> Victims call for students to wake up to the dangers of ‘date-rape’ drugs

Let’s be honest here, we, as students, have almost all fallen out of a club, pub, bar or alcohol based event after seven too many drinks, perhaps, on more occasions than we’d probably like to admit. Due to media representation and the precedent set by our former students, we have come to accept heavy partying and all that comes with it, as parts of student life.  The inevitable walks of shame, the piecing together of nights over tea and naps the next day is what a lot of students would call, the new traditions of their life. Whilst we can collectively claim to have drunkenly stumbled, mumbled and fumbled our way home to our beds, or someone else’s, the fact of the matter is, almost all of the time, this consumption of alcohol, however reckless it may seem afterwards, is under our control.

As a young person and perhaps more so, as a young woman, I have heard the words, ‘drink spiking’ and ‘date-rape’, and the names of ghastly drugs used to spike drinks, banded about in the media for the last few years.  But it is a situation you honestly never think you would find yourself in, after all, these things always happen to other people. This was exactly how I felt about it, and then it happened to me. 

It is hard to recount anything from the night in question, which is effectively the point of drink spiking. But I had had one drink before I went to meet friends at a well-known club in the centre of Bristol. I remember walking to the club, getting money out of a cash-point near the club, and paying my entry, and being inside, a friend suggested we all get drinks, and I, barely tipsy agreed to this. The last thing I remember was standing at the bar, paying for, and then being handed my drink. I then remember nothing more, nothing at all. The next thing I remember is waking up the next lunchtime quite literally in a daze, but in my own bed, with absolutely no recollection of what had happened, how I had got home, or any sign of my handbag, containing my keys, purse and phone. As if this wasn’t terrifying enough in itself, I also had a graze across my shoulder and down the left-hand side of my face, accompanied by a swollen black-eye. My whole body ached and I found it difficult to focus my eyes, and then even more difficult to stand and control my limbs.  I felt like Bambi on ice, or perhaps Bambi after being hit by a large lorry. I knew quickly what had happened to me, this was like no hangover I had previously experienced. Past having my belongings stolen I was thankfully all in one piece, I instinctively knew nothing more than a bad fall had happened to me. About three days later I came to my senses, I don’t know whether it was the shock, a concussion from hitting my head or the effects of the drug, but I felt almost alert again, awake for the first time in days. It was a really terrifying experience, and a very emotional one as well, one that I wouldn’t wish on anyone.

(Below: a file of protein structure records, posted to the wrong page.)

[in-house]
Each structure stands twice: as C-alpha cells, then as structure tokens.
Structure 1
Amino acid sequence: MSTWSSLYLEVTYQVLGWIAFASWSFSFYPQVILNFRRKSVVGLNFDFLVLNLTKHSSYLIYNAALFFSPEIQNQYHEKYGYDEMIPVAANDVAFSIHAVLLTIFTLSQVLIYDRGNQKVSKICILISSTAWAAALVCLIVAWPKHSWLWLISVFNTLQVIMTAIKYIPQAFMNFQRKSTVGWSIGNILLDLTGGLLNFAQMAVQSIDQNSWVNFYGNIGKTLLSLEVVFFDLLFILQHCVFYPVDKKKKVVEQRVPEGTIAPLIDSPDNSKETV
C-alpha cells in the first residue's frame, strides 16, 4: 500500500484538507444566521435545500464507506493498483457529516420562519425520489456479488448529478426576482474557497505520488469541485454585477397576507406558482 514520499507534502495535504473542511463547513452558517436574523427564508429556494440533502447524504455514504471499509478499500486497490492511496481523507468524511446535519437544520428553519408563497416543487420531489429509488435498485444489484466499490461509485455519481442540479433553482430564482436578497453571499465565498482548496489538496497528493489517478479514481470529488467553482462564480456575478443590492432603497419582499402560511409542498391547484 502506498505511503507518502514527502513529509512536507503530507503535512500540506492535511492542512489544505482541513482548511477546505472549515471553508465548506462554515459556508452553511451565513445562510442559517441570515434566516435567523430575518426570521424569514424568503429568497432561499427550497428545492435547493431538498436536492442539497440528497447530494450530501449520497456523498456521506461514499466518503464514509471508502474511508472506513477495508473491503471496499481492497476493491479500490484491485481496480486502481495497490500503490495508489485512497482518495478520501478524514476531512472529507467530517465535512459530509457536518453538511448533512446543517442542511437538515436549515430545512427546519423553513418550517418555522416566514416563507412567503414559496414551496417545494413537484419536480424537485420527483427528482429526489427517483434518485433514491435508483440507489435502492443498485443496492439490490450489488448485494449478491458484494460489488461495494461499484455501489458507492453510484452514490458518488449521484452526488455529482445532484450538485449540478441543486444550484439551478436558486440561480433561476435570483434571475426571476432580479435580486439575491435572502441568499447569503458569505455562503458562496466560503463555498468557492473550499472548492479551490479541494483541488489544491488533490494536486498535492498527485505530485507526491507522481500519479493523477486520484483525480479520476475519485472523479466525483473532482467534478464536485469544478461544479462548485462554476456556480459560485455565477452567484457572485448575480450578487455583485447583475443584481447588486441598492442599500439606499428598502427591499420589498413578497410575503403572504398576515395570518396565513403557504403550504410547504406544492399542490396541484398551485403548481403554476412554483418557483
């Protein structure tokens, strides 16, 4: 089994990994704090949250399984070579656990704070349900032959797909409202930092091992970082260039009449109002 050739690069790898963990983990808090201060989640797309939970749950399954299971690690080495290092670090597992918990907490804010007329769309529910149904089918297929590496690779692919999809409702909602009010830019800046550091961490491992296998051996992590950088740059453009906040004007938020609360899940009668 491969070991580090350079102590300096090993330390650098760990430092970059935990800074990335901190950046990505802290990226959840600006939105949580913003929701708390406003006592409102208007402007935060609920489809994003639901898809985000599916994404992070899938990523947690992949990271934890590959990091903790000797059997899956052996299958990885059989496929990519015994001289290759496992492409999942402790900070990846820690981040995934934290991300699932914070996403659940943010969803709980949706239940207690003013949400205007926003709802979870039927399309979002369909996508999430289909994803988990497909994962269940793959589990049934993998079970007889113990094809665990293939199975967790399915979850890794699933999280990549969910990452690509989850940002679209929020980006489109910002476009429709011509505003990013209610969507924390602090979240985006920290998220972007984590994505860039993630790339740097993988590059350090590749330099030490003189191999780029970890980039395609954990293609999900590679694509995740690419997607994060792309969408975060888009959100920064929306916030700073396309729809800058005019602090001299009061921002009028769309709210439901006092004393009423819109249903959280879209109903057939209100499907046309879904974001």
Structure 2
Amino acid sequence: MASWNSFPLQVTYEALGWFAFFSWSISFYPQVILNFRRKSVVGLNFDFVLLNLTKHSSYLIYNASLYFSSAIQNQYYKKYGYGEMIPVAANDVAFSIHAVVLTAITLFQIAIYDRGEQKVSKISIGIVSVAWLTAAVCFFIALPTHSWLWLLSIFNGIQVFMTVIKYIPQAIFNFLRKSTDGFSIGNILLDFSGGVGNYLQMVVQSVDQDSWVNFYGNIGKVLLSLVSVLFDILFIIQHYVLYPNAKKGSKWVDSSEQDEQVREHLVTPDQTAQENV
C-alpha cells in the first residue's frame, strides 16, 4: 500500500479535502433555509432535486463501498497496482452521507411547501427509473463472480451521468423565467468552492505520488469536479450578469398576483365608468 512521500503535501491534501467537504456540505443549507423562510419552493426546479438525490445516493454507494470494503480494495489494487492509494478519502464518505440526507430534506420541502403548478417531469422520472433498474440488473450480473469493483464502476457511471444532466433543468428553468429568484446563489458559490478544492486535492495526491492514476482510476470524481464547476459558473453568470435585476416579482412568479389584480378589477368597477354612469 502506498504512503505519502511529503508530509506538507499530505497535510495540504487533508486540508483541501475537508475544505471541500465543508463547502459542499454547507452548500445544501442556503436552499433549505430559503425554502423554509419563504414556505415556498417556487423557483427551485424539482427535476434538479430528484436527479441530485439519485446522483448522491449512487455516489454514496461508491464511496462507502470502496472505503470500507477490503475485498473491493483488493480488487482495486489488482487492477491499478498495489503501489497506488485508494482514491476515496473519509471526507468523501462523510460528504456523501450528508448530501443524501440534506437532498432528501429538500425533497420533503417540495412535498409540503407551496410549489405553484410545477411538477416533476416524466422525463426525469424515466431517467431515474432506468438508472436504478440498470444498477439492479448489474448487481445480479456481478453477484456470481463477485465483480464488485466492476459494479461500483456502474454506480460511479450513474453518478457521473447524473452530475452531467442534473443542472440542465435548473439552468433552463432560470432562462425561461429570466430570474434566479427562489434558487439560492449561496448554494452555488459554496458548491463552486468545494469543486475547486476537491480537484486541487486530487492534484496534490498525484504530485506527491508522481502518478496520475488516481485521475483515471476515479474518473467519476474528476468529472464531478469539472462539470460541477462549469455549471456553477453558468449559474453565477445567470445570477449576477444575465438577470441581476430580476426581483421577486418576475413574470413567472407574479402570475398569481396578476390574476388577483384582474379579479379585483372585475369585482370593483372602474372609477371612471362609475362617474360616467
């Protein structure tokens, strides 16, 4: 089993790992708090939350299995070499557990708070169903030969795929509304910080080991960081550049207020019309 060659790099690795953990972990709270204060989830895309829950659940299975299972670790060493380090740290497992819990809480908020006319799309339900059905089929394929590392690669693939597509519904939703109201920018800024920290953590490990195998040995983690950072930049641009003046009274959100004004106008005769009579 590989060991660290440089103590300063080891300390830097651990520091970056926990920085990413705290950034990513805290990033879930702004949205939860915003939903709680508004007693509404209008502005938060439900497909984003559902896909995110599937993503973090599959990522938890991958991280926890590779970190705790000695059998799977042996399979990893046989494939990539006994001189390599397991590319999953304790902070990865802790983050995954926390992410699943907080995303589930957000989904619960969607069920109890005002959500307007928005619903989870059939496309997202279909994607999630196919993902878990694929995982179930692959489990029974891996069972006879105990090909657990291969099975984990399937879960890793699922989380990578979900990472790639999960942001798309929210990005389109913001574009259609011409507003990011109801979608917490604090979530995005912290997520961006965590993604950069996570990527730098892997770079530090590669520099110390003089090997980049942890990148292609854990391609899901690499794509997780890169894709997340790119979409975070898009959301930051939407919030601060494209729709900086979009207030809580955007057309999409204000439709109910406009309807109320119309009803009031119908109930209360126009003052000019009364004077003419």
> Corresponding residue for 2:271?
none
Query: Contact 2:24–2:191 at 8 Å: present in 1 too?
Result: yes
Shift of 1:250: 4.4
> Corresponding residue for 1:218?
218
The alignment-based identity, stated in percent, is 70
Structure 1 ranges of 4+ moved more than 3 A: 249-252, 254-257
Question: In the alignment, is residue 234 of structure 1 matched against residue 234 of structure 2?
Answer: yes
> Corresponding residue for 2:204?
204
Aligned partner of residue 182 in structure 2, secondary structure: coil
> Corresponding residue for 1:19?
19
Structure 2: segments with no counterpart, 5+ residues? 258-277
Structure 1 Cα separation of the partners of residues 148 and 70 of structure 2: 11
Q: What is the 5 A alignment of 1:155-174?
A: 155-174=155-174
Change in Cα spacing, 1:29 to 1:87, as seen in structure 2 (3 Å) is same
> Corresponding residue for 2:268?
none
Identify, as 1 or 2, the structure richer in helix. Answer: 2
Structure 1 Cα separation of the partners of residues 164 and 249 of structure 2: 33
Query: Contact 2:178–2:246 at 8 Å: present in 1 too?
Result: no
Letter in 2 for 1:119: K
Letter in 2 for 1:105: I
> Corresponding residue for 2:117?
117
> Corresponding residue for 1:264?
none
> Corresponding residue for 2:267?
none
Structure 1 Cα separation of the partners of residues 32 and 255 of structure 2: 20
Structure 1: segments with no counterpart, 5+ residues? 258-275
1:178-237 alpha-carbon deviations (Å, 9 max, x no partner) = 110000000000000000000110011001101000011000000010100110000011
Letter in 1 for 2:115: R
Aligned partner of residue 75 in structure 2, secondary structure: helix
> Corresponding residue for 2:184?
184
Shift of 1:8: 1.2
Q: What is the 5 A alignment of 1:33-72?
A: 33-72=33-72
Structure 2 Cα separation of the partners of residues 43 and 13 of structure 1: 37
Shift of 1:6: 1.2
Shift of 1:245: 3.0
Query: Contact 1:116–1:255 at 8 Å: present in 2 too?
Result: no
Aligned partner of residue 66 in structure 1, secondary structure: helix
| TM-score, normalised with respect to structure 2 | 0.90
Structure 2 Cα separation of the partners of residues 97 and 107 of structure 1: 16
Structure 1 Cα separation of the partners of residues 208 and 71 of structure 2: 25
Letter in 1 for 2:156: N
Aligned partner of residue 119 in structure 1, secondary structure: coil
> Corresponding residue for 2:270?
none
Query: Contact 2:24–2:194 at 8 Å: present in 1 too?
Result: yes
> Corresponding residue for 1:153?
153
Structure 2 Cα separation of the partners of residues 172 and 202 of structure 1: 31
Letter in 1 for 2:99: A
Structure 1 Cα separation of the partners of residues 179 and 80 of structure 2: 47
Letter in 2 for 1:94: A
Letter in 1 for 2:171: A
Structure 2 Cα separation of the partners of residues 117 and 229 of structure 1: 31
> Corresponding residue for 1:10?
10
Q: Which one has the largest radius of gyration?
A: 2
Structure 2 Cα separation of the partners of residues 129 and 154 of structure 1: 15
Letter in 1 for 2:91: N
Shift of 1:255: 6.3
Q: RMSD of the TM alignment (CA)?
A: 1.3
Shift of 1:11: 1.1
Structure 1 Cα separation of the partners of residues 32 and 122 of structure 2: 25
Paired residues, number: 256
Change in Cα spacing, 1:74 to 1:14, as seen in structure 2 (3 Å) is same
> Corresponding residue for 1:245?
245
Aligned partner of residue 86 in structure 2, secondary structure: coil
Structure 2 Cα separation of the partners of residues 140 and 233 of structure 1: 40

Afterwards, when I told people about what had happened, it became clear to me that it is a lot more common than you would like to think. The Chair of the Advisory Council on the Misuse of Drugs (ACMD) Professor Sir Michael Rawlins has previously described drink spiking and, to use the correct term, ‘drug facilitated sexual assault’ as a ‘particularly disgusting offence that ruins lives.’ And as ‘a significant but under-reported problem.’ Having spoken about it with a few people, the range of reactions and experiences that were consequences of drink spiking really shocked me.  From a friend who had her drink spiked with acid, to a friend who vividly remembers literally everything about what happened from the club to the hospital, but like me, couldn’t control her limbs. Almost equally alarming is how difficult a crime it is to prosecute, or in fact to prove at all. This is due to how quickly many of the drugs commonly used leave the body. When I went to the police, about fourteen hours after the event happened, I was told that they could not do anything but file a stolen property report because the drugs wouldn’t be traceable in my system, the police officer I spoke to was kind, and told me that telling people they could do very little was one of the more frustrating elements of her job.

Although it is a hard crime to prove, unless there is further, forensic, element to the crime it is important to remember that is a crime, it isn’t just bad luck. To be found guilty of drink-spiking related crimes can mean a jail sentence of up to ten years, and it is always vital to report if it happens to you.

I am aware that I am at risk of sounding distinctly like my Mother here, but the whole experience made me really realise how vulnerable drunk people are, and especially what easy targets girls are.  Whilst I am not advocating never leaving your house again, it is good to remember that the world out there can be a big bad place. Have fun but try your best to stay safe.

Hattie Barnes